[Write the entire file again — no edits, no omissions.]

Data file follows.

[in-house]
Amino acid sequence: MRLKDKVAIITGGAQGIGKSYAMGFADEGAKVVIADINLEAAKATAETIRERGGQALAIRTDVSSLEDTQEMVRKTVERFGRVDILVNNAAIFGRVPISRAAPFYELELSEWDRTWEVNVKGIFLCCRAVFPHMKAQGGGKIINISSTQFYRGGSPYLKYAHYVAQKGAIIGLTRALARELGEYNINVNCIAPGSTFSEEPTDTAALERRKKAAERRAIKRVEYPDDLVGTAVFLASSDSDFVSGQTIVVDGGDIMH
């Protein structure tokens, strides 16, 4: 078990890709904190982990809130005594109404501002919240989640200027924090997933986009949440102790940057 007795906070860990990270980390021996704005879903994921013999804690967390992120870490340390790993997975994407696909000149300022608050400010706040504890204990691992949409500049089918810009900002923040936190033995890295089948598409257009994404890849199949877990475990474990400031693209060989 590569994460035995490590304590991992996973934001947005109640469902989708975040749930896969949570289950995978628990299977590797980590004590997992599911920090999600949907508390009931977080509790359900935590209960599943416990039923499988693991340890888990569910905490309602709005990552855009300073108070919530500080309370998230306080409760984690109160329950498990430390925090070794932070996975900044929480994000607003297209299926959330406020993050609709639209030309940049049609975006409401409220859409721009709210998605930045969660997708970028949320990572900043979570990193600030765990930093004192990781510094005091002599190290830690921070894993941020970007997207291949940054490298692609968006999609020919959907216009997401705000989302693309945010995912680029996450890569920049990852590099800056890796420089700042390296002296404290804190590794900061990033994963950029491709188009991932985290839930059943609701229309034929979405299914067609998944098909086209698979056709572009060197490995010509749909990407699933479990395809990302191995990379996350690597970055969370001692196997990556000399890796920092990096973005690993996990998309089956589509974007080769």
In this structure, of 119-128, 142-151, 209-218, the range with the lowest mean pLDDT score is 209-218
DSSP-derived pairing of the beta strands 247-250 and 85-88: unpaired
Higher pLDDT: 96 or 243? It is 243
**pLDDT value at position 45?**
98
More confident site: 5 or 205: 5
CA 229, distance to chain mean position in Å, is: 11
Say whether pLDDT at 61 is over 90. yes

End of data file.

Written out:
[in-house]
Amino acid sequence: MRLKDKVAIITGGAQGIGKSYAMGFADEGAKVVIADINLEAAKATAETIRERGGQALAIRTDVSSLEDTQEMVRKTVERFGRVDILVNNAAIFGRVPISRAAPFYELELSEWDRTWEVNVKGIFLCCRAVFPHMKAQGGGKIINISSTQFYRGGSPYLKYAHYVAQKGAIIGLTRALARELGEYNINVNCIAPGSTFSEEPTDTAALERRKKAAERRAIKRVEYPDDLVGTAVFLASSDSDFVSGQTIVVDGGDIMH
């Protein structure tokens, strides 16, 4: 078990890709904190982990809130005594109404501002919240989640200027924090997933986009949440102790940057 007795906070860990990270980390021996704005879903994921013999804690967390992120870490340390790993997975994407696909000149300022608050400010706040504890204990691992949409500049089918810009900002923040936190033995890295089948598409257009994404890849199949877990475990474990400031693209060989 590569994460035995490590304590991992996973934001947005109640469902989708975040749930896969949570289950995978628990299977590797980590004590997992599911920090999600949907508390009931977080509790359900935590209960599943416990039923499988693991340890888990569910905490309602709005990552855009300073108070919530500080309370998230306080409760984690109160329950498990430390925090070794932070996975900044929480994000607003297209299926959330406020993050609709639209030309940049049609975006409401409220859409721009709210998605930045969660997708970028949320990572900043979570990193600030765990930093004192990781510094005091002599190290830690921070894993941020970007997207291949940054490298692609968006999609020919959907216009997401705000989302693309945010995912680029996450890569920049990852590099800056890796420089700042390296002296404290804190590794900061990033994963950029491709188009991932985290839930059943609701229309034929979405299914067609998944098909086209698979056709572009060197490995010509749909990407699933479990395809990302191995990379996350690597970055969370001692196997990556000399890796920092990096973005690993996990998309089956589509974007080769």
In this structure, of 119-128, 142-151, 209-218, the range with the lowest mean pLDDT score is 209-218
DSSP-derived pairing of the beta strands 247-250 and 85-88: unpaired
Higher pLDDT: 96 or 243? It is 243
**pLDDT value at position 45?**
98
More confident site: 5 or 205: 5
CA 229, distance to chain mean position in Å, is: 11
Say whether pLDDT at 61 is over 90. yes